Flowers: Don’t Cut Off Their Heads and Stick Them in Pots

George Bernard Shaw? Blanche Patch? Archibald Henderson? Bennett Cerf? Walter Winchell? Apocryphal?

Question for Quote Investigator: A visitor to the home of a famous wit expected to find vases filled with beautiful cut flowers, but there were none. The wit explained the absence by making a comically grotesque comparison between cut flowers and decapitated people. Would you please help me to identify the humorist and find a citation?

Reply from Quote Investigator: The earliest match known to QI appeared in 1899 within the London journal “The Garden” which published a short item crediting Irish playwright George Bernard Shaw with the joke. Boldface added to excerpts by QI:[1] 1899 May 20, The Garden: Illustrated Weekly Journal of Horticulture in All Its Branches, Volume 55, Number 1435, The New Style, Quote Page 358, Column 1, London, England. (Google Books Full View) link

Mr. G. Bernard Shaw on flowers is—well, he is Mr. G. Bernard Shaw, just as he is on the drama and things generally. As thus: “A well-balanced mind has no favourites. People who have a favourite flower generally cut off its head and stick it into a button-hole or a vase. I wonder they do not do the same to their favourite children. It is a crime to pluck a flower. I dislike formal gardens. At any given moment two thirds of its blossoms are dead.

The journal did not specify the source of this tale. Shaw received credit for variations of this quip in later years.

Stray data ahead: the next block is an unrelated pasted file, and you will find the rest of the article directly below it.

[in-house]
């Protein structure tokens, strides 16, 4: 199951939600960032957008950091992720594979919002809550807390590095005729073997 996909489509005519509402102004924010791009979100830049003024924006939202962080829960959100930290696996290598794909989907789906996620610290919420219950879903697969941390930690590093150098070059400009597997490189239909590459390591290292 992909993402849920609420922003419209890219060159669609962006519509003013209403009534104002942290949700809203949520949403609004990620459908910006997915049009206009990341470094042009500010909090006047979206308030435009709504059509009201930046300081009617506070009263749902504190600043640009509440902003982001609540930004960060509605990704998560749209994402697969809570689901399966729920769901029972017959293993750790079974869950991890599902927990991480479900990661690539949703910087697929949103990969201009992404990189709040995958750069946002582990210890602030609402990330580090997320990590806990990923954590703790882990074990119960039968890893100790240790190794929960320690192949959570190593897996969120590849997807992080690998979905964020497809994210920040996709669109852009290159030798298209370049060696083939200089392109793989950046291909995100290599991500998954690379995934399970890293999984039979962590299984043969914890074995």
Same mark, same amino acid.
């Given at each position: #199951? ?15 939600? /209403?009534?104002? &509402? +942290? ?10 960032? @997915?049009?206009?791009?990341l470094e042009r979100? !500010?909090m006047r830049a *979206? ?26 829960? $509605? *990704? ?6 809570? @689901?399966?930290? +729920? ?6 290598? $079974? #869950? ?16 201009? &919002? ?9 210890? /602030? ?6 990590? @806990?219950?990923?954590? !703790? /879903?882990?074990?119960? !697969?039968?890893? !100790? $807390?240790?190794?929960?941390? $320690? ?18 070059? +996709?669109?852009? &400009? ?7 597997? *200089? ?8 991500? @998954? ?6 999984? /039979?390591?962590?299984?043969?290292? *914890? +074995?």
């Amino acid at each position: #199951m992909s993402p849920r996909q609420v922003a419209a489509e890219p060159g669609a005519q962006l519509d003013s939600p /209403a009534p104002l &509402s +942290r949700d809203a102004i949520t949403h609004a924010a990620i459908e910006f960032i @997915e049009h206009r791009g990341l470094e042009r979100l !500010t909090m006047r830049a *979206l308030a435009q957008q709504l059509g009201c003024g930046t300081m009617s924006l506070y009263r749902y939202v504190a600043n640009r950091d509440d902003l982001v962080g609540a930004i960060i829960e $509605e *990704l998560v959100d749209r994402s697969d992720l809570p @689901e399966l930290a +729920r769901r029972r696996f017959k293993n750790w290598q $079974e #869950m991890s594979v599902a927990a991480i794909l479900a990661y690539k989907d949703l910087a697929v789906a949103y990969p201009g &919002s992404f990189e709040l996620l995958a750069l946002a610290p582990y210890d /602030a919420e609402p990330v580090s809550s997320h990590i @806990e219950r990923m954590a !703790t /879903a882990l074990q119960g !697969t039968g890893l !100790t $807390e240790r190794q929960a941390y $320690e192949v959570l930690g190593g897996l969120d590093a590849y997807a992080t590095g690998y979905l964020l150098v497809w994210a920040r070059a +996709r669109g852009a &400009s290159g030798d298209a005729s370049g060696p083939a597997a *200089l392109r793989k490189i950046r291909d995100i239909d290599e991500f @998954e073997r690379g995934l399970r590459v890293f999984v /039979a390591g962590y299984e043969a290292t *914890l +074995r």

Below are additional selected citations in chronological order.

Continue reading Flowers: Don’t Cut Off Their Heads and Stick Them in Pots

References

References
1 1899 May 20, The Garden: Illustrated Weekly Journal of Horticulture in All Its Branches, Volume 55, Number 1435, The New Style, Quote Page 358, Column 1, London, England. (Google Books Full View) link

“Lady X Will Be At Home Thursday Between 4 and 6” “Mr. Bernard Shaw Likewise”

George Bernard Shaw? Walter Winchell? Apocryphal?

Question for Quote Investigator: A person who was enamored with celebrities wanted George Bernard Shaw to attend a social gathering. Several attempts at interesting Shaw failed. So a formal invitation was sent. Shaw appended a short reply and sent the note back:

“Lord X will be at home on the 25th between four and six o’clock.”
“So will G. B. Shaw.”

Here is another version of the interaction:

“Lady X will be at home Tuesday between the hours of two and five in the afternoon.”
“George Bernard Shaw likewise.”

Is this episode genuine? Would you please explore this anecdote?

Reply from Quote Investigator: The earliest match located by QI appeared in the syndicated gossip column of Walter Winchell in September 1939. Winchell stated that the tale had been circulating in British magazines. A wealthy woman who enjoyed gathering celebrities at her home had been unable to attract Shaw. Boldface added to excerpts by QI:[1] 1939 September 12, The Morning Post, Walter Winchell On Broadway, Quote Page 17, Column 3, Camden, New Jersey. (Newspapers_com)

Despite her failure, she persisted, and one day sent Shaw a card inviting him to tea. It read: “Lady X will be at home Thursday between 4 and 6” . . . Shaw sent it back with the comment: “Mr. Bernard Shaw likewise.”

QI has not yet located an earlier instance of this tale in a British periodical. Shaw was alive when this anecdote was published. He died in 1950 when he was 94 years old. This evidence is substantive, but the information was obtained neither from Shaw nor a direct participant; hence, its credibility is reduced.

Below are additional selected citations in chronological order.

Continue reading “Lady X Will Be At Home Thursday Between 4 and 6” “Mr. Bernard Shaw Likewise”

References

References
1 1939 September 12, The Morning Post, Walter Winchell On Broadway, Quote Page 17, Column 3, Camden, New Jersey. (Newspapers_com)

During Christmas People Will Forget the Past With a Present

Gladys Parker? Don Marquis? Walter Winchell? Uncle Ezra? Phyllis Diller? Anonymous?